+
Most Shared

Think cricket's just for stodgy British types? Think again.

True
DICK'S Sporting Goods

When Neeraj Kher came to live in the United States, he thought he’d made a mistake. He couldn’t find any cricket.

He had always been a cricket player. Born in New Delhi, India, he had learned the sport young, and then lived in two other cricket-playing countries, Australia and England.

But then, he settled in Newport, New Jersey, in 2011 for work and to be closer to his sister.


“The first year here I almost went into depression,” Kher says. He thought, “I can’t live here. I have to go back to England or Australia.”

Luckily, one day while driving past a Target store, he saw a man “wearing whites” — traditional cricket-playing clothing. Kher pulled over and approached the man to ask where he’d played cricket that day.

Kher was surprised to learn there was a massive cricket organization serving the greater New York metro area called the Commonwealth Cricket League.

A group of Commonwealth Cricket League members. Photo courtesy of Columbia Cricket Club.

The Commonwealth Cricket League has more than 70 teams with players as diverse as the city and its outlying area.

But then again, perhaps it’s not actually that strange to think the sport would be beloved across the tri-state area. After all, cricket is played inmore than a hundred different countries, and that section of the Northeast is home to well over 5 millionimmigrants.

Kher quickly began playing for the nearby Hoboken Cricket Club, a team in the CCL. And today, he serves as the team’s vice president, working side-by-side with its founder and president Darragh Dempsey, an Irishman.

“What I really like about the CCL is that you don’t have to be from a specific background to play,” says Kher.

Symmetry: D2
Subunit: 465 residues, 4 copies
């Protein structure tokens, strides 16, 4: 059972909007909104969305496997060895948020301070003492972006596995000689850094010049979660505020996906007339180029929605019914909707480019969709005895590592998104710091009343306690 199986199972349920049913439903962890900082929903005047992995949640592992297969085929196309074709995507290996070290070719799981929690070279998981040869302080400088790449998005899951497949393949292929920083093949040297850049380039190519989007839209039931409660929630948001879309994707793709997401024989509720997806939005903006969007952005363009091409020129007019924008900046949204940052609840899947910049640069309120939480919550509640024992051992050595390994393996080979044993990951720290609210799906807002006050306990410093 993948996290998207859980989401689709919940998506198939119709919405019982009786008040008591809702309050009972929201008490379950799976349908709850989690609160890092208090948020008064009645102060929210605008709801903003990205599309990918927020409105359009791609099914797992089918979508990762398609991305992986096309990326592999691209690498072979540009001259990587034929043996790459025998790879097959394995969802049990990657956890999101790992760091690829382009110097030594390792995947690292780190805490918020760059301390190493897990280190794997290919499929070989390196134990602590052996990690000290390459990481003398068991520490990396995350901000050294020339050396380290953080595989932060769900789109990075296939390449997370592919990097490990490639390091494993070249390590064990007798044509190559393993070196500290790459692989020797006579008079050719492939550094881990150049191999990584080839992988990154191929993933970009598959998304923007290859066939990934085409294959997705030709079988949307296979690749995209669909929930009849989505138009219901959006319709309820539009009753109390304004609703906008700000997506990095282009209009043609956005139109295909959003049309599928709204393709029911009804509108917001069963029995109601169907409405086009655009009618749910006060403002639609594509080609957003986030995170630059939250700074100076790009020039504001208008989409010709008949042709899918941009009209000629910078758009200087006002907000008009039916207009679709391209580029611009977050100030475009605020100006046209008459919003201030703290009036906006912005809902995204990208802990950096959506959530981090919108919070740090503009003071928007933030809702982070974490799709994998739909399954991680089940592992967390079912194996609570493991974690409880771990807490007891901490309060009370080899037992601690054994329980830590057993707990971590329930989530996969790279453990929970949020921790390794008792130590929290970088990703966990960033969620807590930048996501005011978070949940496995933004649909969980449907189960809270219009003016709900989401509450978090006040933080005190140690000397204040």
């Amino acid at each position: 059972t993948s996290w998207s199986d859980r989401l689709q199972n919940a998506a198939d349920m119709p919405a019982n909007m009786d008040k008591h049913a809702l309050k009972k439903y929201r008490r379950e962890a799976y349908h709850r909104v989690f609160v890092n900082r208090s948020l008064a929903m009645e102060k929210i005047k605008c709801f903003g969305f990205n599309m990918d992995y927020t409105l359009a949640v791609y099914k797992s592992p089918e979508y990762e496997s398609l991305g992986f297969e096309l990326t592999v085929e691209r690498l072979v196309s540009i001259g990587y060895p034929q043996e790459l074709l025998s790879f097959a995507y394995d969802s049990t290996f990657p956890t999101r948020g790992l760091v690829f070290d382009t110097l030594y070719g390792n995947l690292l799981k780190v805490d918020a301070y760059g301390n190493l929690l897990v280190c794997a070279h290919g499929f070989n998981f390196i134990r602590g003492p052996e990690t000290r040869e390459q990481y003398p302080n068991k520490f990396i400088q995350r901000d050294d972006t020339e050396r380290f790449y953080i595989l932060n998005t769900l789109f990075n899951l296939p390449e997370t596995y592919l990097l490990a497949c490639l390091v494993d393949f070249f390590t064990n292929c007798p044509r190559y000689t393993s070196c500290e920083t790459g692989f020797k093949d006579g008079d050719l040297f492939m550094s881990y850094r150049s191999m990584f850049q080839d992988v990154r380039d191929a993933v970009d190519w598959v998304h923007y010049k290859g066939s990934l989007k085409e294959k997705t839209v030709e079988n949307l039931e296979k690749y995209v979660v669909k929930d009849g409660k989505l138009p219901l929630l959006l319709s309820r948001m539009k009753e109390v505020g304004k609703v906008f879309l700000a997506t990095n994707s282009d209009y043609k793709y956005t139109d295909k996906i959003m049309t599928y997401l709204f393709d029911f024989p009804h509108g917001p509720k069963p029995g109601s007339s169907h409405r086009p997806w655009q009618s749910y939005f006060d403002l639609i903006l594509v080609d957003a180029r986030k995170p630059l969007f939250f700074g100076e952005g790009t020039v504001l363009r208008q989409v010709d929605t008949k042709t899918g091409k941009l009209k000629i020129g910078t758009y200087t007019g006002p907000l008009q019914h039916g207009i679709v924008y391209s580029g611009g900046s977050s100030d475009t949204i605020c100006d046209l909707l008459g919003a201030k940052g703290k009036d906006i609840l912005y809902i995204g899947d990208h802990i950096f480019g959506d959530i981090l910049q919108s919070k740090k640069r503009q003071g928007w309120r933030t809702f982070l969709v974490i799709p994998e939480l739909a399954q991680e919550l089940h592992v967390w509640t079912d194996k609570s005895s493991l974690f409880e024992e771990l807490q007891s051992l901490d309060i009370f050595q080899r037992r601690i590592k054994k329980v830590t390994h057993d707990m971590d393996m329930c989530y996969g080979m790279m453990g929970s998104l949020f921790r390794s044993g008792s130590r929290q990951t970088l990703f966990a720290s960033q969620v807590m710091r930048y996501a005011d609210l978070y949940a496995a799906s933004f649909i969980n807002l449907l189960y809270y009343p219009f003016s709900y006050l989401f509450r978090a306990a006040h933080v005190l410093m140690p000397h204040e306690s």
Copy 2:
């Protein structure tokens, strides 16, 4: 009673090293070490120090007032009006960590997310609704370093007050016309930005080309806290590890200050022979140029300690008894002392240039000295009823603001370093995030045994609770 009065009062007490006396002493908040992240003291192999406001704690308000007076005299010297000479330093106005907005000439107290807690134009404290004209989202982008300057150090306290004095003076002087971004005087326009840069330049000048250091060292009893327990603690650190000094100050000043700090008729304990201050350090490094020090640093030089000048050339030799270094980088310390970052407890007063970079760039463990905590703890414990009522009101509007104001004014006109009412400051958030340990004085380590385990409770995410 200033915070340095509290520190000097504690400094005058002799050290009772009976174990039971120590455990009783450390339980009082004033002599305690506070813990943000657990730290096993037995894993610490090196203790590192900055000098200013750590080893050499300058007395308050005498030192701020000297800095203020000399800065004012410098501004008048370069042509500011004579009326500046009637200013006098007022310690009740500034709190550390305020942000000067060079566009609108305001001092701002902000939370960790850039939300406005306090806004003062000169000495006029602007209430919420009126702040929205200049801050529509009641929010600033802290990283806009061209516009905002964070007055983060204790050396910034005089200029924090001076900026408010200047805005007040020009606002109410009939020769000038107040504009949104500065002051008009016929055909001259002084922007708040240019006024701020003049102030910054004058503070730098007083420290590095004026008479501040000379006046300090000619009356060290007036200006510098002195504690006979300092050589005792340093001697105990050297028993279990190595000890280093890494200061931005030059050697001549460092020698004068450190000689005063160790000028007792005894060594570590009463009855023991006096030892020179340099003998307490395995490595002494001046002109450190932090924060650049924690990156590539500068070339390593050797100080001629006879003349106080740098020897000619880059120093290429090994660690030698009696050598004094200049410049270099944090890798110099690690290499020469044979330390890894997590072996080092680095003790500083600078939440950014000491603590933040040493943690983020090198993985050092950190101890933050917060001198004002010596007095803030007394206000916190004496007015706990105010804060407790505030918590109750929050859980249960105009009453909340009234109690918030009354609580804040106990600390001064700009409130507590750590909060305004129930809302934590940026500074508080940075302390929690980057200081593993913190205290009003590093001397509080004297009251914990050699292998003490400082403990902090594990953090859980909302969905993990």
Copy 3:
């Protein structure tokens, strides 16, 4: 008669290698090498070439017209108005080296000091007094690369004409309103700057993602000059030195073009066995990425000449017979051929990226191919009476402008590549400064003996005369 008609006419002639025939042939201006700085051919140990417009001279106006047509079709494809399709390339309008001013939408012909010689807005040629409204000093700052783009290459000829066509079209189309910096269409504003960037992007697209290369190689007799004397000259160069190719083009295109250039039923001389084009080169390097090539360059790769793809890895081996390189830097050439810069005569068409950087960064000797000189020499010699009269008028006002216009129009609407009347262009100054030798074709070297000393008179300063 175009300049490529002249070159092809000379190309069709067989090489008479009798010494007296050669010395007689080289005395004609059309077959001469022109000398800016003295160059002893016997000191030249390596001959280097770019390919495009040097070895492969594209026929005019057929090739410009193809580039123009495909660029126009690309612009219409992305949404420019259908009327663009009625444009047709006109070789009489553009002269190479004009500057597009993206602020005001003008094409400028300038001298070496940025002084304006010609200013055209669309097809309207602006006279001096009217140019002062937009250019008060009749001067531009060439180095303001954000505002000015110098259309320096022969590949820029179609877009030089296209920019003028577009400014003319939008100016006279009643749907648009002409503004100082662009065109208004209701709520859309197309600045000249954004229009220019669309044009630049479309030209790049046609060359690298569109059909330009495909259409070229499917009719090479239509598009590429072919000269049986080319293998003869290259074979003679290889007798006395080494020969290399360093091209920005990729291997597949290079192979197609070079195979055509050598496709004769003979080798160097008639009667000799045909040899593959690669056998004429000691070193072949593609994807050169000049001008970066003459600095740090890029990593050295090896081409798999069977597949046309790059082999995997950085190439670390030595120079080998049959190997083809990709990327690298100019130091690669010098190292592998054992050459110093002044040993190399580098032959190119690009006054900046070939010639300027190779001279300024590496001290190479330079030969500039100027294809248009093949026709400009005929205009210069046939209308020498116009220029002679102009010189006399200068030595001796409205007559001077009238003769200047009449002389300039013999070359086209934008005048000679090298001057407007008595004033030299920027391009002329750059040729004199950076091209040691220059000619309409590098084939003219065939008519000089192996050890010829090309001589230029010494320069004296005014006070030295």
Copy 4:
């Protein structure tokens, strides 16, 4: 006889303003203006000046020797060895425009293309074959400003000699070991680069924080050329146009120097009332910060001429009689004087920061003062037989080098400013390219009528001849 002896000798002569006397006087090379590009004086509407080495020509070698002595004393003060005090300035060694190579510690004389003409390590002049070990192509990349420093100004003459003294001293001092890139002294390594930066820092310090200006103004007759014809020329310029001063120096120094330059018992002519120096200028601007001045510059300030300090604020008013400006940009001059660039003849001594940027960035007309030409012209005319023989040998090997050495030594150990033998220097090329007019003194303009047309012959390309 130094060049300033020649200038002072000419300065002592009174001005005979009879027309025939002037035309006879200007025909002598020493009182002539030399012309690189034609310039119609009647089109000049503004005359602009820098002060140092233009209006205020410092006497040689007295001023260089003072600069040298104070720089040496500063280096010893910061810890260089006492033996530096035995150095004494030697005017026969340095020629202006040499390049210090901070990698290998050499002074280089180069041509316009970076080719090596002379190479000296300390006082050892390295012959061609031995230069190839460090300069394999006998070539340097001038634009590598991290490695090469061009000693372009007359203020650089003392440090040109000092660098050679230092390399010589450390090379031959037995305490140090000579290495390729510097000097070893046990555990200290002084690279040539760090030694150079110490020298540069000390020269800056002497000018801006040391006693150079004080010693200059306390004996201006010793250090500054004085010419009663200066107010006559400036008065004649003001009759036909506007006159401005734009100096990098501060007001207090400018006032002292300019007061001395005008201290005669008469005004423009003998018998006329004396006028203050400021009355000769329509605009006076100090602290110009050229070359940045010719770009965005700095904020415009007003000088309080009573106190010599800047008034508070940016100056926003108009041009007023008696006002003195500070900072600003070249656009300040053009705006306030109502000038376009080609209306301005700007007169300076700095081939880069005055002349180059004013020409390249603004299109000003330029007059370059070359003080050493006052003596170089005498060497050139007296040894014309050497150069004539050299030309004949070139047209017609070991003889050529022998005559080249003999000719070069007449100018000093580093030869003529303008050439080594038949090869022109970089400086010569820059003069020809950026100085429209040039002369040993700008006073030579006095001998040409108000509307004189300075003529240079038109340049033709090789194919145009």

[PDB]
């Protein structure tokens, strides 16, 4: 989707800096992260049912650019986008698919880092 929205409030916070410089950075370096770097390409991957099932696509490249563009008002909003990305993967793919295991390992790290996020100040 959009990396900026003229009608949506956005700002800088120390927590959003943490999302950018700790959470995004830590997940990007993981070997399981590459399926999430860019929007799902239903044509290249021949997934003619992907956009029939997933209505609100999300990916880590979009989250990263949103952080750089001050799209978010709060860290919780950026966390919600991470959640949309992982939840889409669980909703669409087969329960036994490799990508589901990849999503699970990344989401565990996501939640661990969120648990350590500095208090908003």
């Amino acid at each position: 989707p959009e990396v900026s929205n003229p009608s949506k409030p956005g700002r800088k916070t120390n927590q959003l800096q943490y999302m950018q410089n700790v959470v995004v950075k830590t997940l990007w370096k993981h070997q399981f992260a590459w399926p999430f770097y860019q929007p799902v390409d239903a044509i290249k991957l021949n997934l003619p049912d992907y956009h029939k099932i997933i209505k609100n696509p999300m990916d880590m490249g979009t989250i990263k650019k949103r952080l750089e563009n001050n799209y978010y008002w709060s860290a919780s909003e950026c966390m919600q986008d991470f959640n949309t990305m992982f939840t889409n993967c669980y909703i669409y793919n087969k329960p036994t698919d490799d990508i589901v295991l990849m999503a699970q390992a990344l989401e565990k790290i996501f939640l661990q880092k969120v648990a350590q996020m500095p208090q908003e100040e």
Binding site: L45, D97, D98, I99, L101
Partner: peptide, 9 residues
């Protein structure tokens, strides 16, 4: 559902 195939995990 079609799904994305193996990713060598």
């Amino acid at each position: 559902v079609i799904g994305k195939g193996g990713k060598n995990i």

League games give people a chance to become friends with players, their families, and fans from all around the world.

According to Kher, there are other cricket leagues in the area that only cater to people from individual countries, aimed at strengthening bonds within their particular immigrant communities. But in the CCL, “As long as you have 11 players who are committed ... you can play in the league,” he says.

The players set a beautiful tone of inclusion — willing to put aside bitter sports-based rivalries originating in their respective homelands.

Kher and fellow teammate hold a Last Man Stands trophy for cricket. Photo via Kher.

“Given that I’m from India, we have a huge rivalry with Pakistan,” Kher says. On the field of play, Kher admits those in the CCL are highly competitive, but off the field, he says, “there’s no anger, or animosity; there’s no turf war, nothing like that.”

That said, cricket has faced challenges catching on in the majority of the United States.

Traditional cricket games can span three to five days, though there’s a shorter version where games last about six hours. Such lengthy gameplay can make it virtually impossible for working-class people to get into cricket, even though less equipment is required for a contest, compared to the likes of hockey or golf.

Moreover, the weather experienced by much of the U.S. means cricket can’t be played year-round, which obviously isn’t the case in the warmer, cricket-crazed regions across Africa and Southeast Asia.